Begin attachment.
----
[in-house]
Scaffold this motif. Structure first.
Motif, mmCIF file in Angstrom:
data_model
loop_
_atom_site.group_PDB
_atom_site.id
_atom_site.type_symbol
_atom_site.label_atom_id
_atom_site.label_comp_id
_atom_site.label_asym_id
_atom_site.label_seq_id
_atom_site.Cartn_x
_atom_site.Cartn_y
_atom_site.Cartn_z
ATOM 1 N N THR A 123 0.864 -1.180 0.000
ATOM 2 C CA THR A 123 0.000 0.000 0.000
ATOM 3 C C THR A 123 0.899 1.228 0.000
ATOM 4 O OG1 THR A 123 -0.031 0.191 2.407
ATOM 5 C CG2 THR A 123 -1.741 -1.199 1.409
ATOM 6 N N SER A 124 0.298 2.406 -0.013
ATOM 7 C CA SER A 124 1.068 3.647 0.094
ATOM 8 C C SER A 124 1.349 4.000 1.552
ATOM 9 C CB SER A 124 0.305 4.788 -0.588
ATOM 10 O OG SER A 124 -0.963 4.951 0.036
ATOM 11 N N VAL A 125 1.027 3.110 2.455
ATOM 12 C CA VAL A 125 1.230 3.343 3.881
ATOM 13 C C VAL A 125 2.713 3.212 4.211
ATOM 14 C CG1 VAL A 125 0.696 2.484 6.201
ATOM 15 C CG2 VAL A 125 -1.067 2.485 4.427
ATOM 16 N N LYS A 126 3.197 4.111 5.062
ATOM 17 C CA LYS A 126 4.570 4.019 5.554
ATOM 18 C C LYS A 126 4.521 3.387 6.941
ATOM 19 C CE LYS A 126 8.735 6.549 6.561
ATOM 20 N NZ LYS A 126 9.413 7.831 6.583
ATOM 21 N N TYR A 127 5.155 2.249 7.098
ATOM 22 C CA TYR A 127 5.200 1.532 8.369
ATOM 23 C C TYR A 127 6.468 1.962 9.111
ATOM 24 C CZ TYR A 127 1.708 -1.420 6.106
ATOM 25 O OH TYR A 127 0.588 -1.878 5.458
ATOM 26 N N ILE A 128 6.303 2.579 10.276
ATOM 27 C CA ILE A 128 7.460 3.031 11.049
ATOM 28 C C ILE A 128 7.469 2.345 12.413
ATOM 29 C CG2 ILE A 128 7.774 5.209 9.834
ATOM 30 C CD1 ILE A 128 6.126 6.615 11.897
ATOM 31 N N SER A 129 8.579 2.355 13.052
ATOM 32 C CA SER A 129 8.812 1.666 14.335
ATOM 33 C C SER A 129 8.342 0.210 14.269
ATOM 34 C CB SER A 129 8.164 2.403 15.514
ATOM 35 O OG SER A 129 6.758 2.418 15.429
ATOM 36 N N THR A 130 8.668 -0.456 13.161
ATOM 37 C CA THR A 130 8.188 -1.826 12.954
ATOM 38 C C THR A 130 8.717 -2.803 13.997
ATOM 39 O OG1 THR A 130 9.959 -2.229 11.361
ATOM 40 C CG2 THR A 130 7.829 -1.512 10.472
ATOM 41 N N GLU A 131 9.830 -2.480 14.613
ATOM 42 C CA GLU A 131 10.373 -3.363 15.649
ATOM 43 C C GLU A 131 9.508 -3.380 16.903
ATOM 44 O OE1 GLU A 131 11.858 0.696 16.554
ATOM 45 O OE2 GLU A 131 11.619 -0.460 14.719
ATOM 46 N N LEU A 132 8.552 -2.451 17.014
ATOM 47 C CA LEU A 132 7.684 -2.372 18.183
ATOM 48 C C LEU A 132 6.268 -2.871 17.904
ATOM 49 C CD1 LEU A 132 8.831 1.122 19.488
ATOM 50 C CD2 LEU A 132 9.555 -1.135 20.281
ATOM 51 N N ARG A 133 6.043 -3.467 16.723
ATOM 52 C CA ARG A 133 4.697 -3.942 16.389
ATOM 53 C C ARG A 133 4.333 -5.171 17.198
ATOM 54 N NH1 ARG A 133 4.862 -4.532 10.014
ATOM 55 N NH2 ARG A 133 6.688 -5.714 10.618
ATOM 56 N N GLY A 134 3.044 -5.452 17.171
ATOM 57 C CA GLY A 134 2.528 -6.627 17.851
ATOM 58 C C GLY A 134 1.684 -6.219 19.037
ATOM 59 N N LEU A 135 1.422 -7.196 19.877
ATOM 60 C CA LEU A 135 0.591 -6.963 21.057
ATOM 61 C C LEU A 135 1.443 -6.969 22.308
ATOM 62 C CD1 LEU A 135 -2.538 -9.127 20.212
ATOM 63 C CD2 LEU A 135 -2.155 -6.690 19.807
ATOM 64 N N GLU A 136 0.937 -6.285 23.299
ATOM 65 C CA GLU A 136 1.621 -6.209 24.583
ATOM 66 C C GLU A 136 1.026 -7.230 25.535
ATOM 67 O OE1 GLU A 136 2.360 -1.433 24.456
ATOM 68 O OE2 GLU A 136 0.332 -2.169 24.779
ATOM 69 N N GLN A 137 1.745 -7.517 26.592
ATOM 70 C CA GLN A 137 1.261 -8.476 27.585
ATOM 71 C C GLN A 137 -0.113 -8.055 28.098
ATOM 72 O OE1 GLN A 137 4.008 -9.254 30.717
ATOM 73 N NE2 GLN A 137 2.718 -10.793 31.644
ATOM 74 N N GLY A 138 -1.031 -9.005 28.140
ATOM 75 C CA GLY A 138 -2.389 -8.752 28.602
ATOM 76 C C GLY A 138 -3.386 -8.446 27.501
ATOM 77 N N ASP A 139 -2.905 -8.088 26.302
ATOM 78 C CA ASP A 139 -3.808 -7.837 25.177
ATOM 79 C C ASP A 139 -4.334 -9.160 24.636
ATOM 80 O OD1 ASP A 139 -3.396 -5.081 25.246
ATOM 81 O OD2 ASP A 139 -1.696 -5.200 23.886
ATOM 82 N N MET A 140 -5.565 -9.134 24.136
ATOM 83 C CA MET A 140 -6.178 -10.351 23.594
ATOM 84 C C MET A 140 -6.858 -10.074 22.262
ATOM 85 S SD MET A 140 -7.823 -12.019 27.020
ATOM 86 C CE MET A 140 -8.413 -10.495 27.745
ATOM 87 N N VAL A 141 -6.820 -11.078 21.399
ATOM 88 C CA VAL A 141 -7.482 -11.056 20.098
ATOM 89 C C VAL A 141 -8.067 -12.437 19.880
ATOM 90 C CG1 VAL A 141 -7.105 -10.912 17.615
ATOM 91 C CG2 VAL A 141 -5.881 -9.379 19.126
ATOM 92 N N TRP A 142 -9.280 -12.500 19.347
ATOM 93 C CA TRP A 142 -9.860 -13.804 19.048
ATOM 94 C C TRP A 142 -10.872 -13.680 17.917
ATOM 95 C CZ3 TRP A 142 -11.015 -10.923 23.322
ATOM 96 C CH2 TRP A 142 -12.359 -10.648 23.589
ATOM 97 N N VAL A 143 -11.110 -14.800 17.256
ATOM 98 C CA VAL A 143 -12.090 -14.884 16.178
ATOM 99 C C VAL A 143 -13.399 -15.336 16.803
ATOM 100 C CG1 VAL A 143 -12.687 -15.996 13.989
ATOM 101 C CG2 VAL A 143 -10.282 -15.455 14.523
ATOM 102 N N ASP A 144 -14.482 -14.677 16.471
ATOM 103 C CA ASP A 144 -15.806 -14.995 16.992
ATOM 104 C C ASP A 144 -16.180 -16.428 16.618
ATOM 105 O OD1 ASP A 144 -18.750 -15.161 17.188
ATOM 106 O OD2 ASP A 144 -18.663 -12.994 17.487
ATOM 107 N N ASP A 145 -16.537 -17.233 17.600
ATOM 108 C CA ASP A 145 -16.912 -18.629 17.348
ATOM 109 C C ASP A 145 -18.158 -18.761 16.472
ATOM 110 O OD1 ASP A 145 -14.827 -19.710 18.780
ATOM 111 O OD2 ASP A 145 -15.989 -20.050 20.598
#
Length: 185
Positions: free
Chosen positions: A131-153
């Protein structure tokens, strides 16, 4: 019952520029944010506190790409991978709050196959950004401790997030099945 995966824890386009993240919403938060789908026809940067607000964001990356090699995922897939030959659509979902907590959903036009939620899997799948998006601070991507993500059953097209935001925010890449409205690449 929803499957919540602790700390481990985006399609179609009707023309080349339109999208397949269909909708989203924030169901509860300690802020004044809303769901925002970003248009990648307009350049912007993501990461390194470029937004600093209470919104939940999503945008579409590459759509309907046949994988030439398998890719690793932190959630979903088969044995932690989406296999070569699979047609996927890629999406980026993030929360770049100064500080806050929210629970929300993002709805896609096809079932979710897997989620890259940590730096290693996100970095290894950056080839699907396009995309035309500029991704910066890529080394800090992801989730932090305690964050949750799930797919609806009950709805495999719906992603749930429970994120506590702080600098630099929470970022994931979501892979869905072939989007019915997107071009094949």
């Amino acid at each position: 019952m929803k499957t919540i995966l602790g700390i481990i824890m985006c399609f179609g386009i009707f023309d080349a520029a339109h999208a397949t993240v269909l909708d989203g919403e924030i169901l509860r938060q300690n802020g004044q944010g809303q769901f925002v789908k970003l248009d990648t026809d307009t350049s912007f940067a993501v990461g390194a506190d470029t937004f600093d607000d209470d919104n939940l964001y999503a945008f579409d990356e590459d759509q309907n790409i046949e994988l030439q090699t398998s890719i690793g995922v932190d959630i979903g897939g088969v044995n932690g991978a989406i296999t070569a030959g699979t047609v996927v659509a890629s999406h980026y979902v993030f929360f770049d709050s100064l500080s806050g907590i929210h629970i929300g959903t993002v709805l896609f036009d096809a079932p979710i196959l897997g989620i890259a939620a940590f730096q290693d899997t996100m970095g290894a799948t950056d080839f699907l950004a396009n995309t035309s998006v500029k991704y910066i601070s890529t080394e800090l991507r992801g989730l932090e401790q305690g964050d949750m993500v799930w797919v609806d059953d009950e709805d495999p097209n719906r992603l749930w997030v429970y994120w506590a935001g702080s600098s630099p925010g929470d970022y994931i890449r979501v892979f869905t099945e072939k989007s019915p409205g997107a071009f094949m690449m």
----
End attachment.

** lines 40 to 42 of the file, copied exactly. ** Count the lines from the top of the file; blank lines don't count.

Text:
ATOM 25 O OH TYR A 127 0.588 -1.878 5.458
ATOM 26 N N ILE A 128 6.303 2.579 10.276
ATOM 27 C CA ILE A 128 7.460 3.031 11.049